EDIT: here’s what I thought about it two years ago, when I had a lot of people asking me while I didn’t put a hint system in my game.

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Yeah, a lot of people will give in to the temptation with it being so close to their fingertips.

Personally, I wouldn’t like this kind of hint. If I have not yet realized why I have to return the bottle, I wouldn’t want the game to strongly suggest me to return it.

I think that from a psychological point of view a search engine is not more far than an internal hint system and that when people use a search engine they search mainly for “walkthrough”, not “hints”.

So if a developer wants to “fight” a little bit the phenomenon of those who give up easily, in my opinion it’s better to handle them with internal hints (maybe incremental hints) than seeing them go reading a walkthrough full of spoilers.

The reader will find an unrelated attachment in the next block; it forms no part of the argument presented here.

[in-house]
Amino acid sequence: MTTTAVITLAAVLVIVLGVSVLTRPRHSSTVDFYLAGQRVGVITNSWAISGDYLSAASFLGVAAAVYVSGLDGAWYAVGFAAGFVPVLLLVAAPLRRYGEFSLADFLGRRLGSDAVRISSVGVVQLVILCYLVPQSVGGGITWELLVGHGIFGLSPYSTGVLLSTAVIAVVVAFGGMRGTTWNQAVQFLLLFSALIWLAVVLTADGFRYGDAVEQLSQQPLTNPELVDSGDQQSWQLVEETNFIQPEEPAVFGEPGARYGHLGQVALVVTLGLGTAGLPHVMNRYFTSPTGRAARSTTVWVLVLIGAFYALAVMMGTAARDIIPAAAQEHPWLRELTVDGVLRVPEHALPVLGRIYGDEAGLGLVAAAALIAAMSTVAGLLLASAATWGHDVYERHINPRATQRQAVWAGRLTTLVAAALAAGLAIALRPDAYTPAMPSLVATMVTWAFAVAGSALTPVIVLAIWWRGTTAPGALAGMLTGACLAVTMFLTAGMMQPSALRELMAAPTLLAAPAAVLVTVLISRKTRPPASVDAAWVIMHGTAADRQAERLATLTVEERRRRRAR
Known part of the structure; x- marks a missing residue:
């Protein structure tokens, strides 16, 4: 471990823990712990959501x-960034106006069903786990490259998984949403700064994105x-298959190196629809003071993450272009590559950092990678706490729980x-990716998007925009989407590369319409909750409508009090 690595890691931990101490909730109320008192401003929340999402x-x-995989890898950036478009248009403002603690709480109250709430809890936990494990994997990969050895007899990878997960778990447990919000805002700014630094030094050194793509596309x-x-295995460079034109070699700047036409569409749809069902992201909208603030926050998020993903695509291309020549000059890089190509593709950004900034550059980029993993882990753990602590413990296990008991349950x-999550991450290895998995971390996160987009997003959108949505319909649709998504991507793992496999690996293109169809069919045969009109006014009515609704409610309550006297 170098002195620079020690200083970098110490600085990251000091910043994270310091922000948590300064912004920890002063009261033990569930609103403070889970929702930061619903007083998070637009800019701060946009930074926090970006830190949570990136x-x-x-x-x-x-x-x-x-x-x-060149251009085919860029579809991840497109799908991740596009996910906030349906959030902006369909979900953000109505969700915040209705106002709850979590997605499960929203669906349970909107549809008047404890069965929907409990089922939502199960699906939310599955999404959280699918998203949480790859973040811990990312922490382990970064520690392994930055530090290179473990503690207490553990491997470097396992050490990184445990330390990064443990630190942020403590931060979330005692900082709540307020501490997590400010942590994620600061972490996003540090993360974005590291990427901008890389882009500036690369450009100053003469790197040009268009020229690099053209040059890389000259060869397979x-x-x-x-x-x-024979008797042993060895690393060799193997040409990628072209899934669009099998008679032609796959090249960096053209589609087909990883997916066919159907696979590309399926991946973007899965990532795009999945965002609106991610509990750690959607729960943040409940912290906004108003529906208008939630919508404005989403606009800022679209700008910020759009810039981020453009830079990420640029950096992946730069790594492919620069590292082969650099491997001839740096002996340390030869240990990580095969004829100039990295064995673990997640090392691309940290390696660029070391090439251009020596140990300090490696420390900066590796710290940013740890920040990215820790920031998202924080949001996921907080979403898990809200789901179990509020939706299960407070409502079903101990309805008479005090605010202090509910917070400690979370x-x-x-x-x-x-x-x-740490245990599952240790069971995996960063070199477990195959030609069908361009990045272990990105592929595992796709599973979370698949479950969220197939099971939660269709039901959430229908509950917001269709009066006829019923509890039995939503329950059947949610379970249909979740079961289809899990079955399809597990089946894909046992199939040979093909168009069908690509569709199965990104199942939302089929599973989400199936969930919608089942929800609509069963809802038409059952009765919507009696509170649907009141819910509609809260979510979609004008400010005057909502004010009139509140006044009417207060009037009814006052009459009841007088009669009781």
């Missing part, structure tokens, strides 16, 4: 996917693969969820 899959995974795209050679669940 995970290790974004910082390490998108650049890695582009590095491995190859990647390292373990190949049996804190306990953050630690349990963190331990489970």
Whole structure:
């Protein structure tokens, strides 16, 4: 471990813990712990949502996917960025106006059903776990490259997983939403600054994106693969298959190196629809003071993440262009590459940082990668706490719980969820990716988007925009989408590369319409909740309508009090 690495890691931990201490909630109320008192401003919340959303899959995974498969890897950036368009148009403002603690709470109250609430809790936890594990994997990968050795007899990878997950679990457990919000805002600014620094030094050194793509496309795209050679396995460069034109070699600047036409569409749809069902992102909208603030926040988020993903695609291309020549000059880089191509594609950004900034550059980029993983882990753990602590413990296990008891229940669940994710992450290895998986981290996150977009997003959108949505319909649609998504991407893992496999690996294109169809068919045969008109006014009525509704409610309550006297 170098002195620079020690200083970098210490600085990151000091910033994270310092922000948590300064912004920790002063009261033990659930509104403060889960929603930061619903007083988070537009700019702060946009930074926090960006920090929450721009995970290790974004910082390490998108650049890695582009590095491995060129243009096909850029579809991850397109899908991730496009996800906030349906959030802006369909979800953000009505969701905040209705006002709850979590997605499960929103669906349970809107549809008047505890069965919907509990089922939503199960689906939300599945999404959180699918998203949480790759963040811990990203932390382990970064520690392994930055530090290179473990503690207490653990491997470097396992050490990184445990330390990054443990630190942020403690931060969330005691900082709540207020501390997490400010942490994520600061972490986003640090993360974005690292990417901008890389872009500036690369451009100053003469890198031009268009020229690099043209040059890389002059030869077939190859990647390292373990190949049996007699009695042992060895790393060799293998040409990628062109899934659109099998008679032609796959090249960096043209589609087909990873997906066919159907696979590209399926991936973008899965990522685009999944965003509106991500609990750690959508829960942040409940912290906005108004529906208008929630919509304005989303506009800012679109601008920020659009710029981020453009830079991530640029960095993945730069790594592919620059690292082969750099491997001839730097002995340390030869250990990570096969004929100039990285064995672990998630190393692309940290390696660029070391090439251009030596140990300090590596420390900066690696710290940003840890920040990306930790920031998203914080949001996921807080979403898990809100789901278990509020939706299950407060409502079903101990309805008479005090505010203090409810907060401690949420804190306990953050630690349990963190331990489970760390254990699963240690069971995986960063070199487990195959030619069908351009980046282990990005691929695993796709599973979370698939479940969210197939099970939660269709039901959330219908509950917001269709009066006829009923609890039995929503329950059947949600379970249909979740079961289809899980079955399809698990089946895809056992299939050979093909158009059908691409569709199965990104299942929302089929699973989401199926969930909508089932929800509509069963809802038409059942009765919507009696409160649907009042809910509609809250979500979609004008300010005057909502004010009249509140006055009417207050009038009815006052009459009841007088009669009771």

I can’t believe how many people searched for a walkthrough.

Probably, they have been hanging around the machine too long…


Well, that chart doesn’t give you the quantity of people who searched for a walkthrough. It just tells you that those who search for “hints” are about one tenth of those who search for “walkthrough”.

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Yeah, I was discussing this earlier with a friend saying that an inbuilt hint system will spoil the game less for the player as they a. won’t look at complete answers and solutions and b. won’t be accidentally spoiled when truly hint-hunting via the net.

The above is probably unclear: